Equine Cranial Structure

Having a basic appreciation for the structures in your horses head and neck is vastly beneficial from both a training and welfare perspectives. 

Though obvious, it is worthy of mention that the equine head and neck houses vital structures that horses depend upon for survival. 

Eyes are very well adapted to seeing behind the horse to the sides and to the horizon. Ears are acute to detecting a mouse rustling in the leaves. 

The sensitive mouth and tongue can separate the smallest feed stuffs.
The nose can detect the faintest of scents far better that we can perceive. Specialized nerves in the hairs of the muzzle allow horses to feel their environments. 

Facial muscles allow horses to make the expressions that are so important in herd communication, via both facial expressions and position of the neck. 

Their brains are housed in the skull, and though we might hear a joke about the size of their brains, horses have formidable memories, and show a tremendous ability to suppress their instincts through habituation. This is what enables us to climb on their backs and have them perform incredible movements for us. 

Healthy teeth and jaws are important in digestion, balance, and play a significant part in the horse’s acceptance of the bit. 

The parotid gland located behind the cheek (below the ear) produces saliva for buffering of the digestive tract. 

Cranial nerves run throughout the face, throat latch area, and the neck.
The esophagus, trachea, jugular and carotid artery run along the lower part of the neck, beneath the cervical spine. They are responsible for transporting food to the stomach, bringing air to the lungs, and blood supply to and from the brain. The nuchal ligament attaches from the back of the skull to the process of the withers, and is responsible for allowing the horse to have the head down to graze for long periods of time. 

From a training perspective, using the head and neck as a giant balance lever is tremendously beneficial for manipulating the fore/aft balance of the horse. One of the goals in training is to teach the horse to carry more weight on the hind end, and understanding how to appropriately use the neck to achieve this will set you up for success. From a previous article we understand that a careful education of the bit to the horses mouth by the riders hand will promote relaxation, and will allow us as riders to be able to use the neck to positively change the balance of the horse.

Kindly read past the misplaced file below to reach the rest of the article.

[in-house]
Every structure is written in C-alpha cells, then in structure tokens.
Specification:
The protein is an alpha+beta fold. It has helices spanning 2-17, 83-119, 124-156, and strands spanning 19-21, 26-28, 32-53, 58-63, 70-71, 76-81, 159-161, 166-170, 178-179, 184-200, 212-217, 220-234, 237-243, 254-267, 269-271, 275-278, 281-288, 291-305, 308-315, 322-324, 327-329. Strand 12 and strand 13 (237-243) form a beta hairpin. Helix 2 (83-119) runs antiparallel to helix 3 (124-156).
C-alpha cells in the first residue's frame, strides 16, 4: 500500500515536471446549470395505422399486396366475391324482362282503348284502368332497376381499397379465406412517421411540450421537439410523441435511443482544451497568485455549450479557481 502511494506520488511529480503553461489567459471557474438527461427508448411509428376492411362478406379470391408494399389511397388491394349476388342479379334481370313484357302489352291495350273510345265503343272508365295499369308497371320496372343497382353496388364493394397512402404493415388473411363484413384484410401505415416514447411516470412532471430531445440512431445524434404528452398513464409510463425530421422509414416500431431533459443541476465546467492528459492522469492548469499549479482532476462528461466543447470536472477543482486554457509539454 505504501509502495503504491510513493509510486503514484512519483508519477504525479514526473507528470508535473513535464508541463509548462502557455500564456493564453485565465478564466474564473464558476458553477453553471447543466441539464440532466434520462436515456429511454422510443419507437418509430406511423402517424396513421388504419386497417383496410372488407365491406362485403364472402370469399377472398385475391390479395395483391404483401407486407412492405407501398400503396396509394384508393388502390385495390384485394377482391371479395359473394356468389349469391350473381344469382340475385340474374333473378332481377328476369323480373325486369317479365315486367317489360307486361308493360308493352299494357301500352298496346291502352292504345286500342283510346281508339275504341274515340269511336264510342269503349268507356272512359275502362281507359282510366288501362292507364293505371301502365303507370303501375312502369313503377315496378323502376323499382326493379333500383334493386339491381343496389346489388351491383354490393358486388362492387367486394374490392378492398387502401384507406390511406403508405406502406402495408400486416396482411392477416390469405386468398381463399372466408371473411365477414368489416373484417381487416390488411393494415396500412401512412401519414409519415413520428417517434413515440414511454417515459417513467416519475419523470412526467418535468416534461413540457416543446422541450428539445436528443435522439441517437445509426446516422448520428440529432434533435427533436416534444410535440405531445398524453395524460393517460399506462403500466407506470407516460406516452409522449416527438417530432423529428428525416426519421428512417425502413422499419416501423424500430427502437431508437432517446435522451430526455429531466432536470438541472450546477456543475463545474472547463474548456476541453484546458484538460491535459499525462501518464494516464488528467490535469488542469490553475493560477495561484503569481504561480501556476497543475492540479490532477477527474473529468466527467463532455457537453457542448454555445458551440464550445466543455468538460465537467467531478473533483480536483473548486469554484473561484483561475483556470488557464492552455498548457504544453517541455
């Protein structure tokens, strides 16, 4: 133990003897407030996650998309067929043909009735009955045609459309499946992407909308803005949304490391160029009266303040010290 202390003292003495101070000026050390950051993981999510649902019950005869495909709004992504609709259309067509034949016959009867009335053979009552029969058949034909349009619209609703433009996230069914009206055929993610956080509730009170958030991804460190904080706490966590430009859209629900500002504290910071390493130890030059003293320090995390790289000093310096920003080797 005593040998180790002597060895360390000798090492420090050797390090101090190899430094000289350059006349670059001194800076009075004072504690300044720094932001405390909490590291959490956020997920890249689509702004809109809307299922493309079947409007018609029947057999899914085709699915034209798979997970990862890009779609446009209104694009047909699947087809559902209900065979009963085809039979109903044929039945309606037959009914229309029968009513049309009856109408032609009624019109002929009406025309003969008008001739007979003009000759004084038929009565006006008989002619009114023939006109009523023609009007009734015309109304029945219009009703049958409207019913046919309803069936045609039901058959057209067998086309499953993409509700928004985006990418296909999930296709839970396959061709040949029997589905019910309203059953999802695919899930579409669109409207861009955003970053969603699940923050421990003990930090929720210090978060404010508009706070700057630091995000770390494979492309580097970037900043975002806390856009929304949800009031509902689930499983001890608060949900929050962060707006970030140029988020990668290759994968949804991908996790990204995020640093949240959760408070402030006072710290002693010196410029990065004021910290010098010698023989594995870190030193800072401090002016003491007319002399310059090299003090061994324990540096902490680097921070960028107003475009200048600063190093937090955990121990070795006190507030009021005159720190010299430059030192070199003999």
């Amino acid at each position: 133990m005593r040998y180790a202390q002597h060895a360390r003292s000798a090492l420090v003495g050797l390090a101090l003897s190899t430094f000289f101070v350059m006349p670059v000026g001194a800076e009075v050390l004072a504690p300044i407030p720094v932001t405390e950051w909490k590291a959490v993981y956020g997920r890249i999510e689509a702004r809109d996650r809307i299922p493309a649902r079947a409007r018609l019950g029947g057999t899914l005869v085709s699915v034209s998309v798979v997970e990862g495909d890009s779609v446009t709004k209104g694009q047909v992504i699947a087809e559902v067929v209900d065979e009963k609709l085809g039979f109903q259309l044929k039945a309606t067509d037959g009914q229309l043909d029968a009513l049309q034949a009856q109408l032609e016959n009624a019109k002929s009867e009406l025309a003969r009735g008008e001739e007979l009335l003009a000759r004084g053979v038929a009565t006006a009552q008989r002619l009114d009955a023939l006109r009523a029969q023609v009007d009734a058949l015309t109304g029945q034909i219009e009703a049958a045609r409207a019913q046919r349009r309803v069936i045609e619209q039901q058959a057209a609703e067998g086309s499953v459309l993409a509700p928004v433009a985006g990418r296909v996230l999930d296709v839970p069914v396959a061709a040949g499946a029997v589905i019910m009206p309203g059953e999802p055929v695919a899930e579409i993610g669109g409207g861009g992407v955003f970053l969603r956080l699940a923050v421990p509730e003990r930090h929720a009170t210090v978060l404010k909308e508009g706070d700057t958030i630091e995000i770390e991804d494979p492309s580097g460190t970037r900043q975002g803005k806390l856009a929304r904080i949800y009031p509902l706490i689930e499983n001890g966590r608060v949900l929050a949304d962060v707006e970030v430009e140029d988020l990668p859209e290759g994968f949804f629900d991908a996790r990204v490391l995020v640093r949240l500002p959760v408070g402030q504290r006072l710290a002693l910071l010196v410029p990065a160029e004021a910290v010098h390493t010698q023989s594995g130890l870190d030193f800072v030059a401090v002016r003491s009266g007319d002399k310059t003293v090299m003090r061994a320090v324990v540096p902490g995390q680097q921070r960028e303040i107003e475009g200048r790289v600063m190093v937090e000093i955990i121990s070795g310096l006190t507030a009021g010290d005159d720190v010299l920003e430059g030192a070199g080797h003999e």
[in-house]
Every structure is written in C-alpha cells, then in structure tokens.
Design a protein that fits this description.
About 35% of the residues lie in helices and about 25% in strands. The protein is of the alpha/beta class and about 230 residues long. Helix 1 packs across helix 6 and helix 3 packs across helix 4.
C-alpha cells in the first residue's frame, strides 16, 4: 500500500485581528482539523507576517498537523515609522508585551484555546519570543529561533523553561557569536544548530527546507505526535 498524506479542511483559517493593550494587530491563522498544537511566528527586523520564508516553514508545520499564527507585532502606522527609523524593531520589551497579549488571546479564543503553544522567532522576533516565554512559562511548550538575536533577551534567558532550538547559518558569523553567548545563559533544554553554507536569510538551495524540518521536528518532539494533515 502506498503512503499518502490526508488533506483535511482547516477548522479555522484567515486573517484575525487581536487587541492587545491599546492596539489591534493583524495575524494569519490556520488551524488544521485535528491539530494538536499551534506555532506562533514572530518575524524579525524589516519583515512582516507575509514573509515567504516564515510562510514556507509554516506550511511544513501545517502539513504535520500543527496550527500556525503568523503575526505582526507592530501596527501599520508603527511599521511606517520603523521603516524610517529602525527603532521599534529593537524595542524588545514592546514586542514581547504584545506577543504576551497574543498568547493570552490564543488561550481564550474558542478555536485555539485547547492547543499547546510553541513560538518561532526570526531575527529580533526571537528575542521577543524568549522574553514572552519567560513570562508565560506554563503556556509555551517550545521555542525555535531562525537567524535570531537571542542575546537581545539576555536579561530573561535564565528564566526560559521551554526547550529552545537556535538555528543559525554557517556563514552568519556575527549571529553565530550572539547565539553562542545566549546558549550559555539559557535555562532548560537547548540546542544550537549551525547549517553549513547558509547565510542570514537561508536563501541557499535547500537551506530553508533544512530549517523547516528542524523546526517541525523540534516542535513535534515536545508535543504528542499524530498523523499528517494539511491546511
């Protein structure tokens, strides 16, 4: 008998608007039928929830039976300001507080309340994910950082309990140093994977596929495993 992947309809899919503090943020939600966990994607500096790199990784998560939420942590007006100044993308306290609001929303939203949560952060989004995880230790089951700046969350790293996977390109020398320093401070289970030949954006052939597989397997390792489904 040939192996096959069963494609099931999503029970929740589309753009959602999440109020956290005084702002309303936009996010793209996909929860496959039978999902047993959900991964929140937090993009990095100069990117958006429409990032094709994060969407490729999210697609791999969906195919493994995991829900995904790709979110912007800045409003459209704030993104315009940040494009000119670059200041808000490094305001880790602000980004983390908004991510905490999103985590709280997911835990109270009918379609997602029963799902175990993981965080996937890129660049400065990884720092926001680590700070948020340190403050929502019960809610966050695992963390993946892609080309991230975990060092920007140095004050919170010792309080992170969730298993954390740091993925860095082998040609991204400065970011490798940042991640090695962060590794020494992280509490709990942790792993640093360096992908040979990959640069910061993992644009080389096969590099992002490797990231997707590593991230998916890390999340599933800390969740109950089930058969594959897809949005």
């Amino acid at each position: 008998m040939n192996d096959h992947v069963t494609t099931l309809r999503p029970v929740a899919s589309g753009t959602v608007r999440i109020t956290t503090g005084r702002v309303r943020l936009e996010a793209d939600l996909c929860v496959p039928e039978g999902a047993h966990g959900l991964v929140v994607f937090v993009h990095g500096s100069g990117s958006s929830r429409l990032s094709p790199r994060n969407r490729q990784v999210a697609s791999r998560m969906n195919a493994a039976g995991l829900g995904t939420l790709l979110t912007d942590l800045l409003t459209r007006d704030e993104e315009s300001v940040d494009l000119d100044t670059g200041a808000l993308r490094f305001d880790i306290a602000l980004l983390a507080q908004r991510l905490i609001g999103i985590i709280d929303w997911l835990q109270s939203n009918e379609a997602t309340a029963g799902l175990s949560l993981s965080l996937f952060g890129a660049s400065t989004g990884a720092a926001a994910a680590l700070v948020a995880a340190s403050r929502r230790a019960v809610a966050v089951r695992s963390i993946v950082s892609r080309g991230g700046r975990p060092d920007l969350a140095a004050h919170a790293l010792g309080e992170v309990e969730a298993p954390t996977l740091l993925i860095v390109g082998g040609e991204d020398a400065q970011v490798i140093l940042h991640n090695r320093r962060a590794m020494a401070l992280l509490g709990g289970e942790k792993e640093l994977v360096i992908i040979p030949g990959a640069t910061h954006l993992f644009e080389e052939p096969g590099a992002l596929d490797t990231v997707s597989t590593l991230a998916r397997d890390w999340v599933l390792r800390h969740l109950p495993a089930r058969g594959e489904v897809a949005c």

Recently, there have been numerous studies in regards to the position of the head and neck in training. Below are some links to these articles. Hyper-flexion/over-flexion/behind the vertical/rollkur, all describe the same thing. Included in the links are articles that talk about this controversy. 

You are all encouraged to make up your own mind as to which frame you would like to work your horse in. Knowing what the structures are within the head and neck, and taking the time to read some of the information out there on the subject of over-flexion, it is ultimately up to you as to how you should school your horse. We get bogged down with trying to label training styles as ‘classical’ or ‘modern’. If we take the time to study the horse, and seek out information that has been obtained in an academic setting, we, as trainers of our horses, can make decisions on our own, without simply listening to one source. We can begin to question methodologies as we become equipped with the necessary information to make our choices about how we train our horses. We should each be able to recognize and explain what frame our horses are in while we ride, as well as understand what the benefits, or risks, are of any given frame. 

The best any of us can do is know as much as we can about our horses, so that we can make decisions for them with their best interests at heart. 

Here are some links to great resources about the head and neck of the horse, both anatomically and in regards to training – Enjoy! 

https://www.sciencedirect.com/topics/veterinary-science-and-veterinary-medicine/nuchal- ligament 

https://www.sciencedirect.com/science/article/pii/S0168159108002876 https://thehorse.com/120993/rollkur-facts-fiction-and-horse-health-implications/ https://www.horsetalk.co.nz/2013/01/16/bent-out-of-shape-reflections-on-rollkur/ 

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